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  • Behavioural specifications allocation to minimise bit level waste of functional units

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    Conventional synthesis algorithms produce schedules balanced in the number of operations executed per cycle and allocate operations to functional units of their same type and width. In most implementations some hardware waste appears, because some functional units are not used in all clock cycles. This waste is even greater when multiple precision specifications, i.e. those formed by operations of different widths, are synthesised, because some bits of the results produced must be discarded in some cycles. The allocation algorithm proposed minimises this waste by increasing the reuse of hardware resources. It extracts, prior to the allocation, the common operative kernel of specification operations, and successively breaks down operations into sets of smaller ones such that functional units reuse is possible in other parts of the schedule. These transformations produce new operations whose types and widths may be different from the original ones. In consequence, some specification operations are finally executed over a set of functional units linked by some glue logic. Experimental results show that the implementations proposed by our algorithm need a considerably smaller area than those proposed by conventional allocation algorithms. Also, due to operation transformations, the type, number, and width of the hardware resources in the datapaths produced may be different from the type, number, and width of the specification operations and variables. Additionally, an analytical method to estimate the area potentially saved by our algorithm in comparison to conventional ones is developed View full abstract»

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  • Development and application of design transformations in ForSyDe

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    The formal system design (ForSyDe) methodology has been developed for system level design. Starting with a formal specification model, which captures the functionality of the system at a high level of abstraction, it provides formal design transformation methods for a transparent refinement process of the specification model into an implementation model which is optimised for synthesis. The formal treatment of transformational design refinement is the central contribution of this article. Using the formal semantics of ForSyDe processes we introduce the term characteristic function to be able to define and classify transformations as either semantic preserving or design decision. We also illustrate how we can incorporate classical synthesis techniques that have traditionally been used with control/data-flow graphs as ForSyDe transformations. This approach avoids discontinuities as it moves design refinement into the domain of the specification model View full abstract»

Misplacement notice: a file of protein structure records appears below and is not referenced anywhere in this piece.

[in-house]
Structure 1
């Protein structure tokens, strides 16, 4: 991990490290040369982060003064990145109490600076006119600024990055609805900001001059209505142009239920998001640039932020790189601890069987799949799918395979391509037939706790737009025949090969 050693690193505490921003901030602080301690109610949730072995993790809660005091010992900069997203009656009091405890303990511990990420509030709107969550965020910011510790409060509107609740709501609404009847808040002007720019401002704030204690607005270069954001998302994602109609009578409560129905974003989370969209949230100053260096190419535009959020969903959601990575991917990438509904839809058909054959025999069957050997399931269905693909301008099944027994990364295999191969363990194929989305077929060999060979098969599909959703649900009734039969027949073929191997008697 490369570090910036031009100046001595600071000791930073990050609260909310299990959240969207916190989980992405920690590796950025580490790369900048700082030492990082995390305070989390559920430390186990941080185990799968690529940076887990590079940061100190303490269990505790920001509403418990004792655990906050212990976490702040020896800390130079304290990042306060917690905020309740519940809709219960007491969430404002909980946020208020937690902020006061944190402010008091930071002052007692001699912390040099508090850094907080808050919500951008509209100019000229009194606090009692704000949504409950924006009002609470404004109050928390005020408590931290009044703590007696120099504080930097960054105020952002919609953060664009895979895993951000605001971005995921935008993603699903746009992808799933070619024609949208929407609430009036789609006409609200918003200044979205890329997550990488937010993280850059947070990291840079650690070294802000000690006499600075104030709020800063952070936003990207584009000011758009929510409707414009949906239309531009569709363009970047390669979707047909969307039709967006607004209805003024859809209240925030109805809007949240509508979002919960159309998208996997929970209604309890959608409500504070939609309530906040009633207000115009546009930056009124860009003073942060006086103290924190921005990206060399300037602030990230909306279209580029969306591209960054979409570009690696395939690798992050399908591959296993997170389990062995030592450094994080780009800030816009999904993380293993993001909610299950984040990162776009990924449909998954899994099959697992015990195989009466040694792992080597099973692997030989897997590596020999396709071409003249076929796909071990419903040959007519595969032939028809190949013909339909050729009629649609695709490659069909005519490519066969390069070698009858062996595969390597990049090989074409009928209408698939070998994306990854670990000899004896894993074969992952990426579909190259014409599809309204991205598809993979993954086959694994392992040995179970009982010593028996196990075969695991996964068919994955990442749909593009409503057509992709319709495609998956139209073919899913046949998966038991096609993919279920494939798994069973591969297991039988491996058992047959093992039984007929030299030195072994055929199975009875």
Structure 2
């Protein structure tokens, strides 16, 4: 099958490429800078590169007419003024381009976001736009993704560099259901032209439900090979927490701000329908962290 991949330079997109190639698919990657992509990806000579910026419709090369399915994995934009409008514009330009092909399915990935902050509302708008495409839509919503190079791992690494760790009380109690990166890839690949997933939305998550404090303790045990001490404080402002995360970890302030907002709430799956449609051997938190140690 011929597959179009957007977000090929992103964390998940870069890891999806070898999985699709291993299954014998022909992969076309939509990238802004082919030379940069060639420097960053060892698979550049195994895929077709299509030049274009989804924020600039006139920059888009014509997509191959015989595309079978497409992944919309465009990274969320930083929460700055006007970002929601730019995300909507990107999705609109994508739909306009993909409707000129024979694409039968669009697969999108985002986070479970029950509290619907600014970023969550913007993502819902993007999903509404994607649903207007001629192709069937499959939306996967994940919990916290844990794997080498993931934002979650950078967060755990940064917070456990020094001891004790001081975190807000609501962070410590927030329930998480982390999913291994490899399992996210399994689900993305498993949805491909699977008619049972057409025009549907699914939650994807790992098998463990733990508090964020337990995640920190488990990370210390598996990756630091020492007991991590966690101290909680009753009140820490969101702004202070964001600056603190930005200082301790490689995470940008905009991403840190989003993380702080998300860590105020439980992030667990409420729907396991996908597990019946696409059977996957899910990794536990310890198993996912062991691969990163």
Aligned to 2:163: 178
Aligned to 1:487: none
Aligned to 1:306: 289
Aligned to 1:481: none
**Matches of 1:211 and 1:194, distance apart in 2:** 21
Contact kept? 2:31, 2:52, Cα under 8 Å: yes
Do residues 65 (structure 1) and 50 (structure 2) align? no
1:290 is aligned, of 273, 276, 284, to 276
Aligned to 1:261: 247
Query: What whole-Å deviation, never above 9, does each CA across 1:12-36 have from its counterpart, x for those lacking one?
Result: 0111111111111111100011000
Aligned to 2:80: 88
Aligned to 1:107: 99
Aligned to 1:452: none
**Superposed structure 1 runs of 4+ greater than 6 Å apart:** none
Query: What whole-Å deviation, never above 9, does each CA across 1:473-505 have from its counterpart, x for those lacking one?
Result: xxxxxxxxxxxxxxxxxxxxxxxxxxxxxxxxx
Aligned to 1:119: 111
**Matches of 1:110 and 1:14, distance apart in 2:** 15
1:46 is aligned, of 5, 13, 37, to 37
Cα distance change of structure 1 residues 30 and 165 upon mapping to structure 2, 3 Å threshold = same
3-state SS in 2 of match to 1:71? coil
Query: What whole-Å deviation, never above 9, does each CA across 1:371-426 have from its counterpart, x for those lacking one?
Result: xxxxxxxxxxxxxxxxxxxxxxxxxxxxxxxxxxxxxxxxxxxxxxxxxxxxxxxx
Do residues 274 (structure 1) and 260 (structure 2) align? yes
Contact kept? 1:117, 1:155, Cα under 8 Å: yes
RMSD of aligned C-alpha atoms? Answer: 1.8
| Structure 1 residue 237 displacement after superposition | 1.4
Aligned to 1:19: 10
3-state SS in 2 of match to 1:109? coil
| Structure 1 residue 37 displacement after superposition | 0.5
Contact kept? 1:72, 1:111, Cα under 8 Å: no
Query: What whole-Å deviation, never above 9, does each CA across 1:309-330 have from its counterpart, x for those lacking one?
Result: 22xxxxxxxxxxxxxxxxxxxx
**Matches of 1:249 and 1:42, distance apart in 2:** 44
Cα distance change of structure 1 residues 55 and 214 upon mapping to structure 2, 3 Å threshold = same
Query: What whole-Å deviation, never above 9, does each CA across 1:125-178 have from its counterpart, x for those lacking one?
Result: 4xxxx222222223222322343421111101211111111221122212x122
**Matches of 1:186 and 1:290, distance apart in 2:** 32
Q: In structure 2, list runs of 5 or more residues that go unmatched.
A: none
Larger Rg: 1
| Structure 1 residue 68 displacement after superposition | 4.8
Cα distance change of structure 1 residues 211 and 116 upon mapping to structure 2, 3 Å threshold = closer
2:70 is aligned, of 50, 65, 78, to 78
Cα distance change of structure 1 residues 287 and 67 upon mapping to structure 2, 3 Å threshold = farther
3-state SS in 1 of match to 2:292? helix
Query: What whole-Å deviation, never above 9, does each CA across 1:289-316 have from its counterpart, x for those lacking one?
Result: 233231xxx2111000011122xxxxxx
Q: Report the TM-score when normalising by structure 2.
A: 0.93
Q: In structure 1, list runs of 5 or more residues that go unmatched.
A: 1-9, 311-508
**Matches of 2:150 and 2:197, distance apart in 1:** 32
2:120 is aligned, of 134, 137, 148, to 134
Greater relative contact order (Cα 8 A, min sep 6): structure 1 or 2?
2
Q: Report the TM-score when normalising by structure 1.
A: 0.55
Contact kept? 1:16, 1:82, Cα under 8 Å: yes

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  • Visualisation and resolution of encoding conflicts in asynchronous circuit design

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    Synthesis of asynchronous circuits from signal transition graphs (STGs) involves resolution of state encoding conflicts by means of refining the STG specification. The refinement process is generally done automatically using heuristics. It often produces suboptimal solutions or sometimes fails to solve the problem. Thus manual intervention by the designer may be required. A framework is presented for an interactive refinement process aimed to help the designer. It is based on the visualisation of conflict cores, i.e. sets of transitions causing encoding conflicts, which are represented at the level of finite and complete prefixes of STG unfoldings View full abstract»

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  • Exploiting loop-level parallelism on coarse-grained reconfigurable architectures using modulo scheduling

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    Coarse-grained reconfigurable architectures have become increasingly important in recent years. Automatic design or compilation tools are essential to their success. A modulo scheduling algorithm to exploit loop-level parallelism for coarse-grained reconfigurable architectures is presented. This algorithm is a key part of a dynamically reconfigurable embedded systems compiler (DRESC). It is capable of solving placement, scheduling and routing of operations simultaneously in a modulo-constrained 3D space and uses an abstract architecture representation to model a wide class of coarse-grained architectures. The experimental results show high performance and efficient resource utilisation on tested kernels View full abstract»